Today there’s scarcely a trace of them, but for years countless Haligonians relied on Birney electric streetcars to get around the city. They were small, single-truck vehicles, much lighter than conventional streetcars. Mass produced during the First World War, they were relatively inexpensive and sold by the thousands.
They only required a single operator, with no need for a conductor—an attractive feature because of the labour shortage during the war. Many cities began to sell off their fleet after the war, due to their low passenger capacity and light weight, which caused them to often derail and easily get stuck in snow.
But Halifax loved those cars. Their light weight and twin motors were ideal for the city’s steep hills. Halifax originally bought 24 Birney cars from the American Car Co. in 1923. Prior to 1923, Nova Scotians drove on the left side of the road, requiring the original Birney cars to have their doors moved to the opposite side of the car when the province switched to the right. Halifax bought eight more from the Toronto Transit Commission in 1927.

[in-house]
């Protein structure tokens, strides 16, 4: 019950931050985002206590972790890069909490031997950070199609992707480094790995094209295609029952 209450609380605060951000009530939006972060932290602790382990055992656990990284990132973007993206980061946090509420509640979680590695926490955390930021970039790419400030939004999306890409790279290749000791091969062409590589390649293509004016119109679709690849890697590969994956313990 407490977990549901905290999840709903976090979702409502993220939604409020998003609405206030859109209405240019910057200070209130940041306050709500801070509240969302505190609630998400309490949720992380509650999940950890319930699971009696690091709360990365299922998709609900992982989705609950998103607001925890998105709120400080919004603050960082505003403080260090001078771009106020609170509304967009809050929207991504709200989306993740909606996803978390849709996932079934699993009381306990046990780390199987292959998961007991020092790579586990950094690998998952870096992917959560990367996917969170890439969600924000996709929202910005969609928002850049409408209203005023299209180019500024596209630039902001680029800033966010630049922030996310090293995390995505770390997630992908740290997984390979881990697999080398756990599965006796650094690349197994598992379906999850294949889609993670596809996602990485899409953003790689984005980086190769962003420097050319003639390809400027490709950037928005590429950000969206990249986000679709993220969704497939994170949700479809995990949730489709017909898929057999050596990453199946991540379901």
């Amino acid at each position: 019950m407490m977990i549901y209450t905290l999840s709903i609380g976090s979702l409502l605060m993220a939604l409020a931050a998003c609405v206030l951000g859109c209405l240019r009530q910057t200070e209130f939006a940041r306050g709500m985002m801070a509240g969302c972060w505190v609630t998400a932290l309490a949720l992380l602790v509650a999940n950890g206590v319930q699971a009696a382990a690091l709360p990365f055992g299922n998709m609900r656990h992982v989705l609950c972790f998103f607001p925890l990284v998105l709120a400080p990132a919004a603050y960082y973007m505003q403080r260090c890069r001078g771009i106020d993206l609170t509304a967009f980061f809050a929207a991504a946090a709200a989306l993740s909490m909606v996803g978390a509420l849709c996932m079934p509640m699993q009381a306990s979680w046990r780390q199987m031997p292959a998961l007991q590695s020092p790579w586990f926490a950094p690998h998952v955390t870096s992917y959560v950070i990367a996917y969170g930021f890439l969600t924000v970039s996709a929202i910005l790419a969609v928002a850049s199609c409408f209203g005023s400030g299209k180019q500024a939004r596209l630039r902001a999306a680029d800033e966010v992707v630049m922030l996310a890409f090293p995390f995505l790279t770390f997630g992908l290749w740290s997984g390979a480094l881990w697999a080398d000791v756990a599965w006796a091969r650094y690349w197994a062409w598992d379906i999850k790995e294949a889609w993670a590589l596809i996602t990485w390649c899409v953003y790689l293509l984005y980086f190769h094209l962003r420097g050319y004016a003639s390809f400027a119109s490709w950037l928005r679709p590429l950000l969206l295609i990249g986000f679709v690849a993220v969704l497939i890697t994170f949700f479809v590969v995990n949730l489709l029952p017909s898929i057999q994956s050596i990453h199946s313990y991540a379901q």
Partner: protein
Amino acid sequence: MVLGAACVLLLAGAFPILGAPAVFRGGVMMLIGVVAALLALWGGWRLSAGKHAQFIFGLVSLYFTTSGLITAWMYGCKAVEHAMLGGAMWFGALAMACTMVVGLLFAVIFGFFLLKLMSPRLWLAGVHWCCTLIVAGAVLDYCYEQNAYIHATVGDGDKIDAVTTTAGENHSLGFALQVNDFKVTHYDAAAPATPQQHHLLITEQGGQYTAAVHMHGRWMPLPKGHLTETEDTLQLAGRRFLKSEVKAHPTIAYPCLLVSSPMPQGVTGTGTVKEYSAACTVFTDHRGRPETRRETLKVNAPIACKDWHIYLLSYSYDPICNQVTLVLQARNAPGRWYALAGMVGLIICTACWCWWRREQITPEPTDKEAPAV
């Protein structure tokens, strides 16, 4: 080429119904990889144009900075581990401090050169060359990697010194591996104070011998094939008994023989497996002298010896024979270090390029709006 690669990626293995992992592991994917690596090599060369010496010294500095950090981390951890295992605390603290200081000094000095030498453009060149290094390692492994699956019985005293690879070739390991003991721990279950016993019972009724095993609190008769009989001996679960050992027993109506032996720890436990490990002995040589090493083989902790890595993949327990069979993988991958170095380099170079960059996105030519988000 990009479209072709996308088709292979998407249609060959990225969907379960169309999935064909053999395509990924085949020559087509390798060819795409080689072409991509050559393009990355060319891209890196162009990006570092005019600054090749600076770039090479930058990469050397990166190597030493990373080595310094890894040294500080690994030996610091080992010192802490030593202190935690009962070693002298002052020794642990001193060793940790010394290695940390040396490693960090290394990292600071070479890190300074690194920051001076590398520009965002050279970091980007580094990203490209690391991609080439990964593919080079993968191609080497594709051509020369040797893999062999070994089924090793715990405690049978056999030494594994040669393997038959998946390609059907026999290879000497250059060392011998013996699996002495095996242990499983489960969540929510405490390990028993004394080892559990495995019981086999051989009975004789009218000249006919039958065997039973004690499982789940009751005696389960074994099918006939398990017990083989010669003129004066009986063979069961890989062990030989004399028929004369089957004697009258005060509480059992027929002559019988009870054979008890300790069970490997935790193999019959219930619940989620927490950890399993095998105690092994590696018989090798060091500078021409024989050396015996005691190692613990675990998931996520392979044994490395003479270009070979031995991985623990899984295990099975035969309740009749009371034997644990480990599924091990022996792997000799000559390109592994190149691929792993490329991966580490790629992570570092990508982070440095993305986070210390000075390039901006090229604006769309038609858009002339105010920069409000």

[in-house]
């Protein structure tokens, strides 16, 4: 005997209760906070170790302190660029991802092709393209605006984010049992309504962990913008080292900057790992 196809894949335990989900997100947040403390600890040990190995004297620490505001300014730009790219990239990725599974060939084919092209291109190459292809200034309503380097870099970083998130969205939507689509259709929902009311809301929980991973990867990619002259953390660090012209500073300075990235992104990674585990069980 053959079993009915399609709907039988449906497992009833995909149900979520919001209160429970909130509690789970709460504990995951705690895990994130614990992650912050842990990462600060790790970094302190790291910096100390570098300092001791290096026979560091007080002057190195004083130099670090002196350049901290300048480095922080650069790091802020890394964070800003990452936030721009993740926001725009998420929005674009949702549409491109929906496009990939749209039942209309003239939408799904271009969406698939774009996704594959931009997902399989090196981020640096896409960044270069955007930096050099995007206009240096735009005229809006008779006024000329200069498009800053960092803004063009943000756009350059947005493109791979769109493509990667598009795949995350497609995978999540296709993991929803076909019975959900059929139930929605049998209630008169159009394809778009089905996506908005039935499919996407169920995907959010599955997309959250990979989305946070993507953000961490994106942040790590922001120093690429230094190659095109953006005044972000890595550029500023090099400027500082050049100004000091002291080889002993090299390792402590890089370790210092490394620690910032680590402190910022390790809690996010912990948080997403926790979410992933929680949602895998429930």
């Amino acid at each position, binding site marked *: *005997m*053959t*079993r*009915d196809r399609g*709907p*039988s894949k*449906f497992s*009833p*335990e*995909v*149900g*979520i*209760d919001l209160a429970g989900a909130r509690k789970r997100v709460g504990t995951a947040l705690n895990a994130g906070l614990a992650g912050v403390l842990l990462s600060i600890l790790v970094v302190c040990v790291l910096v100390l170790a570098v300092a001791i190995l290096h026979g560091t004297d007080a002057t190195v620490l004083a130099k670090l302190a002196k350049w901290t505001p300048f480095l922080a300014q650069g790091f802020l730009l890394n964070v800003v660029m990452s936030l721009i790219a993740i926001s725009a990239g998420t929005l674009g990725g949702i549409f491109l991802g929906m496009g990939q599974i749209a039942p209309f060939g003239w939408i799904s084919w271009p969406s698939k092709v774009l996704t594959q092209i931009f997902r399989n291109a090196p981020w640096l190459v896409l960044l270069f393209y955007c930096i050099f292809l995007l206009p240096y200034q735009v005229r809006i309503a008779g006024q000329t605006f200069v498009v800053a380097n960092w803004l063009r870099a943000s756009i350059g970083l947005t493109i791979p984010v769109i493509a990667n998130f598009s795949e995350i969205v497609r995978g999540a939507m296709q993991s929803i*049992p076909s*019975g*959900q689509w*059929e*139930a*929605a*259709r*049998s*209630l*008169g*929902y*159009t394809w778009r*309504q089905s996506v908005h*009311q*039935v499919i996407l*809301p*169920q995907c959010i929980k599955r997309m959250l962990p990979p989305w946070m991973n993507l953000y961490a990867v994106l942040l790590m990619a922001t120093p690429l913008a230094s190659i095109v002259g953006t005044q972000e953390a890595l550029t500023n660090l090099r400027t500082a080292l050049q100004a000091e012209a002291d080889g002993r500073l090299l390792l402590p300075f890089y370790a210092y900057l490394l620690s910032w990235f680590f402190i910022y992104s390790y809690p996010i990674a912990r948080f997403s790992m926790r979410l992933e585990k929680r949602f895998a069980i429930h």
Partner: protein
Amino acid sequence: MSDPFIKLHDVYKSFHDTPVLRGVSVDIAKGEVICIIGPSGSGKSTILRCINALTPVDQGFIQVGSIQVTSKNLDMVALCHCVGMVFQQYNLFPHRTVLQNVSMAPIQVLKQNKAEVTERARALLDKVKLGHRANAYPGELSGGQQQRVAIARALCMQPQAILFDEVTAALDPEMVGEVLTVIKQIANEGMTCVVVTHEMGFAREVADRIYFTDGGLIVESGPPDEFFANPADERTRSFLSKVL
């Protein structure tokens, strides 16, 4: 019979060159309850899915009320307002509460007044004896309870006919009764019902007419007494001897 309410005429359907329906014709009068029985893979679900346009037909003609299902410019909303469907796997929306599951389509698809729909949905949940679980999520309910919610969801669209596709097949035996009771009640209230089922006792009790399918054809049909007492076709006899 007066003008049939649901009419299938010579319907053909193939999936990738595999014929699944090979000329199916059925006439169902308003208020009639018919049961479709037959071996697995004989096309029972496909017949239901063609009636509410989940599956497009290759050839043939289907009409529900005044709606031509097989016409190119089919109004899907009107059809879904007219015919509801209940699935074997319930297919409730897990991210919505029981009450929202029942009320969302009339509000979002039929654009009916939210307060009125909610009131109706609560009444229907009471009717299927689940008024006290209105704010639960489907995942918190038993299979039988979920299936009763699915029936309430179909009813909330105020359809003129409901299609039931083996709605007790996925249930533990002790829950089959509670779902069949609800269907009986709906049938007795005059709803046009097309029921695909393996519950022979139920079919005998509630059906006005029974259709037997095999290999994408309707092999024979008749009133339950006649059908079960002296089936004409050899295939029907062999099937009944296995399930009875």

At the outbreak of the Second World War, Halifax’s Birney Cars carried nine million passengers yearly. During the war, that grew to 31 million passengers per year, requiring the purchase of an additional 23 cars.
By 1949, Halifax was operating 86 Birney cars. With many cities selling off their Birney fleet, Halifax was able to get an additional 62 cars second hand over the years. Halifax eventually ran a 100% Birney fleet consisting of 86 Birney cars.
Birney Cars ran in Halifax until 1949, when officials replaced them with trolley buses. By 1969, those trolleys were gone as well, as the transit authority moved to a motor-bus fleet.